Bottom line?

Weruva is a meat-based canned dog food using a generous amount of named meats as its main sources of animal protein, thus earning the brand 5 stars.

Enthusiastically recommended.

Please note certain recipes are sometimes given a higher or lower rating based upon our estimate of their total meat content and (when appropriate) their fat-to-protein ratios.

Those looking for additional selections from the same company may wish to read our reviews of Weruva Kobe and Weruva Kurobuta dog foods.

Weruva Dog Food
Recall History

The following list (if present) includes all dog food recalls since 2009 directly related to this product line. If there are no recalls listed in this section, we have not yet reported any events.

You can view a complete list of all dog food recalls sorted by date. Or view the same list sorted alphabetically by brand.

To learn why our ratings have nothing to do with a product’s recall history, please visit our Dog Food Recalls FAQ page.

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Special FDA Alert

The FDA has announced it is investigating a potential connection between grain-free diets and a type of canine heart disease known as dilated cardiomyopathy. Click here for details.

A Final Word

The descriptions and analyses expressed in this and every article on this website represent the views and opinions of the author.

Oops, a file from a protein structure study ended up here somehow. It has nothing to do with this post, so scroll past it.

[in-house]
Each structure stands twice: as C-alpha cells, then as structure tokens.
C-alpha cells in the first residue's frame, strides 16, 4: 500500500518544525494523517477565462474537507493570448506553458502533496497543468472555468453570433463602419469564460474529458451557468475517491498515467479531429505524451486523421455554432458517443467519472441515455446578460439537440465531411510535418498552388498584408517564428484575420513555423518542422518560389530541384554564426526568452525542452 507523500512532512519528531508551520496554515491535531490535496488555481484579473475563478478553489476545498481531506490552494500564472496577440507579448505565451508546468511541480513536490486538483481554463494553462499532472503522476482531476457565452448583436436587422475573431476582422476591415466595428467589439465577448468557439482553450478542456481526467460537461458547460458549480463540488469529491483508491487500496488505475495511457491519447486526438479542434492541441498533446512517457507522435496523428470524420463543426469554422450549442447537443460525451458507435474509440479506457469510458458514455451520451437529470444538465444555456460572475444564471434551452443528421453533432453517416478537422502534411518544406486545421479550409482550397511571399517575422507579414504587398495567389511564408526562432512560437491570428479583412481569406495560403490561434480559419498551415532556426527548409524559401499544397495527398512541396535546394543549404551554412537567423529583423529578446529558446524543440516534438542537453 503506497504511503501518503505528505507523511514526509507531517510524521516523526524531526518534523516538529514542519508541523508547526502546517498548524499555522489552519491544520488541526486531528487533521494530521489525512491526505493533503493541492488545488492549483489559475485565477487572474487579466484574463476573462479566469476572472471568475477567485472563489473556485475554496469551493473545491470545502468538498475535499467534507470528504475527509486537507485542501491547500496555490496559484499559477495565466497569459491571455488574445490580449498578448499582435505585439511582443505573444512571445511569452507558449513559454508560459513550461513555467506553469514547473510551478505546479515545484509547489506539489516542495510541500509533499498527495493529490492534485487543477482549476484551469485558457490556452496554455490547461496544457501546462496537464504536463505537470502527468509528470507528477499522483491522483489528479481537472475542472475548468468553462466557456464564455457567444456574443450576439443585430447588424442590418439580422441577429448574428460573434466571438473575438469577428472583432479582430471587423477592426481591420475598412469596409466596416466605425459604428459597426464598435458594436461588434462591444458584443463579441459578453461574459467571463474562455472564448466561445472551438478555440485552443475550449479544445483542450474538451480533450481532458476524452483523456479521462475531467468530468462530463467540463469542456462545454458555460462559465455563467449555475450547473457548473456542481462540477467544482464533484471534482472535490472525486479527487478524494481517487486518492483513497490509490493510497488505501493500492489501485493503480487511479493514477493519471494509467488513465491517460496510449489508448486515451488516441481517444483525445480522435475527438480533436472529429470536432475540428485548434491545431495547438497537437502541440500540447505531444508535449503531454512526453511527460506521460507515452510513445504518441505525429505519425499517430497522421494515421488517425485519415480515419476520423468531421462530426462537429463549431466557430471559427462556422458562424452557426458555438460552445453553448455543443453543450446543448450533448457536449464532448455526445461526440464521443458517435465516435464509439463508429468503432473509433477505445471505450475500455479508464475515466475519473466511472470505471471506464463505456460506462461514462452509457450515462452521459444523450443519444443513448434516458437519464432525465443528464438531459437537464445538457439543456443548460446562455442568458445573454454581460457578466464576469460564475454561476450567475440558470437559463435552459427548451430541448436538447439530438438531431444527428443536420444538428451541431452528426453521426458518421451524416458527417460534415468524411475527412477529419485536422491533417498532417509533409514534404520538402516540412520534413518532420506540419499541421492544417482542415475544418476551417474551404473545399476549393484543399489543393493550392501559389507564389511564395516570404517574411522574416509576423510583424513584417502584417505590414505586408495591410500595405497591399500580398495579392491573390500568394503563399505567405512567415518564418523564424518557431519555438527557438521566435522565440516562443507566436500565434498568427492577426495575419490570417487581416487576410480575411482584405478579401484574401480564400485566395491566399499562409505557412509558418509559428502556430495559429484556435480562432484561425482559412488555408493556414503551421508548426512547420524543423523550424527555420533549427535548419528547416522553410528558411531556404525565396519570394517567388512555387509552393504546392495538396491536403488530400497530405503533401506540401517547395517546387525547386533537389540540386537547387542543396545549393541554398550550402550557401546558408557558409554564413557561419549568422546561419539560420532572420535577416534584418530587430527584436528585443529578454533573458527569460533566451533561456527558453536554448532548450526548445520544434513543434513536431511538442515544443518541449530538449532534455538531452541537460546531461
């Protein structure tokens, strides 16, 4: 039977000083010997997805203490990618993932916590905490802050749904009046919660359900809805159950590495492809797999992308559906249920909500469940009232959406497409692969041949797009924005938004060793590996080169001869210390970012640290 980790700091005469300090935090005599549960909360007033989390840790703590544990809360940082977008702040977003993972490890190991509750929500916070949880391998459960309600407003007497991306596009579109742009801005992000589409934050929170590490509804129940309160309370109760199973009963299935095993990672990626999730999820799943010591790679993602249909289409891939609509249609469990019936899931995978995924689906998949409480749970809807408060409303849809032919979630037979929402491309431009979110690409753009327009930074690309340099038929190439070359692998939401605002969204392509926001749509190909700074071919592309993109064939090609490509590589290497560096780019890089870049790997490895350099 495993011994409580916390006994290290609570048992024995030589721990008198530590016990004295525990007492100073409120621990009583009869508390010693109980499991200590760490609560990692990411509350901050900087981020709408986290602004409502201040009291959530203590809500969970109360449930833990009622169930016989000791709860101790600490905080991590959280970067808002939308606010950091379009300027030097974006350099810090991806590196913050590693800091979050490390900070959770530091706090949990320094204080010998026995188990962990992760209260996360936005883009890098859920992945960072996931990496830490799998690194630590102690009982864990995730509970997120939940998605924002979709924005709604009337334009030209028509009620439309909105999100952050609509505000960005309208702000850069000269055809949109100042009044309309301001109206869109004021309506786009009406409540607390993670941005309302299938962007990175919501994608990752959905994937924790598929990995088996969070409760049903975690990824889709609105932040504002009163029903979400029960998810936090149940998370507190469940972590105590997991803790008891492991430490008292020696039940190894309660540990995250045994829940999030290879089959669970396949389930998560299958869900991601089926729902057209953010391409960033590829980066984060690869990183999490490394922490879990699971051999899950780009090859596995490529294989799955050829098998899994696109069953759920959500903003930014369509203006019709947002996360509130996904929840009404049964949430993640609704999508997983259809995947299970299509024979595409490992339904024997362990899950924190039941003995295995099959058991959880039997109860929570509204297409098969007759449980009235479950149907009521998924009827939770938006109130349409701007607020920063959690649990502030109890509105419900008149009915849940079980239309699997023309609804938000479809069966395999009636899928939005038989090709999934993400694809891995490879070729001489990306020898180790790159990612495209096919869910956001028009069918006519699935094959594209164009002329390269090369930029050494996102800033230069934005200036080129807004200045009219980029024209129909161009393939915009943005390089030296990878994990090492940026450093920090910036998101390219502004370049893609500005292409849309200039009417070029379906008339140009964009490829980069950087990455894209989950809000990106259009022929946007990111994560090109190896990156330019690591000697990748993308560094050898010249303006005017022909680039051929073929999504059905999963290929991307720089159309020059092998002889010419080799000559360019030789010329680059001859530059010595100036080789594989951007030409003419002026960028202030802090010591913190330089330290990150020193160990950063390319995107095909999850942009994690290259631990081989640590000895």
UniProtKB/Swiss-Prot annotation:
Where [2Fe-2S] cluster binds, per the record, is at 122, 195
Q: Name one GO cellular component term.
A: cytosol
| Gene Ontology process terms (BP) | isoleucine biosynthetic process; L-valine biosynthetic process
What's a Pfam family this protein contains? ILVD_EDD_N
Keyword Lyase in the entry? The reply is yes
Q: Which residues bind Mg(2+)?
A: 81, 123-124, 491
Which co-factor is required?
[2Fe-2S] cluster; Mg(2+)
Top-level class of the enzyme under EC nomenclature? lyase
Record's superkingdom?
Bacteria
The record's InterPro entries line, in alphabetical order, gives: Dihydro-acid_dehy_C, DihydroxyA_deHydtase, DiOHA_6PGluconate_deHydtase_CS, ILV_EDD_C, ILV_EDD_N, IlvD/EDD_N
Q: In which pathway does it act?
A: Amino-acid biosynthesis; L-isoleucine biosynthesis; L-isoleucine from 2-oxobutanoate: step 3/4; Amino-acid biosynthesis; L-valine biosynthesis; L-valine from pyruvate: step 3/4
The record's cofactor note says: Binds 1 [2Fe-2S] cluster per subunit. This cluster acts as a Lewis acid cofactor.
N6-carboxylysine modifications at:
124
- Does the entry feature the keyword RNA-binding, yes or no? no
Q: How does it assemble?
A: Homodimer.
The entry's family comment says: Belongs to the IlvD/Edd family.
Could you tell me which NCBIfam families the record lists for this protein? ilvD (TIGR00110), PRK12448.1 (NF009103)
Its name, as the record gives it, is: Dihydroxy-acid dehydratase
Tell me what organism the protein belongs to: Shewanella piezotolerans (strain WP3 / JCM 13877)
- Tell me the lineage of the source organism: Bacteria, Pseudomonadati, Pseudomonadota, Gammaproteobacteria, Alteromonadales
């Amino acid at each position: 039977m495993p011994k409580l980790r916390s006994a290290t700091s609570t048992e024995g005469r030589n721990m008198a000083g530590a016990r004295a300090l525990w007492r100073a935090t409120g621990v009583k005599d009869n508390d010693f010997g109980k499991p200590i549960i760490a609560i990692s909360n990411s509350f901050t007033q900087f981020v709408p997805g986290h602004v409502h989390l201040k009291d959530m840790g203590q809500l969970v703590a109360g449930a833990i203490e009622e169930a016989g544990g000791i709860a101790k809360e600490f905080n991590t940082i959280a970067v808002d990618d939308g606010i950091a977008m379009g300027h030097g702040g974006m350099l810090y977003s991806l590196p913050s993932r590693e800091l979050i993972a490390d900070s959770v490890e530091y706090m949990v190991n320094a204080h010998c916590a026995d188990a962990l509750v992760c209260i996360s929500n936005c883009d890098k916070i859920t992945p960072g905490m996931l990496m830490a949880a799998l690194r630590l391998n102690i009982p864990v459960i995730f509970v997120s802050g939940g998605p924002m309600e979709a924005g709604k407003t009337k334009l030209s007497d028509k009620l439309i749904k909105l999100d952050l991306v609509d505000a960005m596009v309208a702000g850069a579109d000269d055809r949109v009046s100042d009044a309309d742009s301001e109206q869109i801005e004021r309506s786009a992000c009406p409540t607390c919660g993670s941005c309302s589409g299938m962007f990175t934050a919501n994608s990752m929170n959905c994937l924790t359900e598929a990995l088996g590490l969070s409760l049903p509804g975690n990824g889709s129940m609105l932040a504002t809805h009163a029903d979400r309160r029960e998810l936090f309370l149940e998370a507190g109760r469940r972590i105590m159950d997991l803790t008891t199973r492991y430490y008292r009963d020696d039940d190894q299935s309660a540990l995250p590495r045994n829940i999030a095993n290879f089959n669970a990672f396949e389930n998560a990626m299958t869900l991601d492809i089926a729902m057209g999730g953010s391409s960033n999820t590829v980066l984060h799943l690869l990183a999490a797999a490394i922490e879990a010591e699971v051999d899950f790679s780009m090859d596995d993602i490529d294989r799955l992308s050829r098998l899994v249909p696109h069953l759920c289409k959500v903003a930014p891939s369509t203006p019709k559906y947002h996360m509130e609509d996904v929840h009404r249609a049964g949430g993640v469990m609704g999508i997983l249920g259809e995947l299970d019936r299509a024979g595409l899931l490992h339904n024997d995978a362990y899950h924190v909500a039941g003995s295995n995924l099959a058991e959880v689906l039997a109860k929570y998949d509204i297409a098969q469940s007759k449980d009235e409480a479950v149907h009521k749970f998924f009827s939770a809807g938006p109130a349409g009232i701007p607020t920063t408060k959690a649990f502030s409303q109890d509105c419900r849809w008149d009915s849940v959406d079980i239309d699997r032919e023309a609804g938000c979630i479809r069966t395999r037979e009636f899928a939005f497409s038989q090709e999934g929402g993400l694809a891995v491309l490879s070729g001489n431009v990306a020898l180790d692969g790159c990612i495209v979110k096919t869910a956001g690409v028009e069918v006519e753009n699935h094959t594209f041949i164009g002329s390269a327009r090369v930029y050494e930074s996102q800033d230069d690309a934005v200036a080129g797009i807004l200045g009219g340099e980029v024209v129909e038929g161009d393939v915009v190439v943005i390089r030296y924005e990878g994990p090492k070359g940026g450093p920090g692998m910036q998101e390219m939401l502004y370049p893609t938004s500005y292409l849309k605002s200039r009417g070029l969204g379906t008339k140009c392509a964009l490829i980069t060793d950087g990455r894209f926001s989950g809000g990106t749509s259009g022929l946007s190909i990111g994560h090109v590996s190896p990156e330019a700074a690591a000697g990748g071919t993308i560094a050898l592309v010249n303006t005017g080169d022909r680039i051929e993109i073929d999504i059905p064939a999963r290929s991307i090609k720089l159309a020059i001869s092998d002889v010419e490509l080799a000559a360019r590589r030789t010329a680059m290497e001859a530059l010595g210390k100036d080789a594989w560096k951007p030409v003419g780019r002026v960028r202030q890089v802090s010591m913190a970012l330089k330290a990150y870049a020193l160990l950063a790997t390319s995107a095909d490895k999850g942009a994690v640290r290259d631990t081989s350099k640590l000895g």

The Dog Food Advisor does not test dog food products.

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Each review is offered in good faith and has been designed to help you make a more informed decision when buying dog food.

However, due to the biological uniqueness of every animal, none of our ratings are intended to suggest feeding a particular product will result in a specific dietary response or health benefit for your pet.

For a better understanding of how we analyze each product, please read our article, "The Problem with Dog Food Reviews".

Remember, no dog food can possibly be appropriate for every life stage, lifestyle or health condition. So, choose wisely. And when in doubt, consult a qualified veterinary professional for help.

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Notes and Updates

09/16/2017 Last Update

  1. Association of American Feed Control Officials
  2. Adapted by the Dog Food Advisor from the official definition of meat by the Association of American Feed Control Officials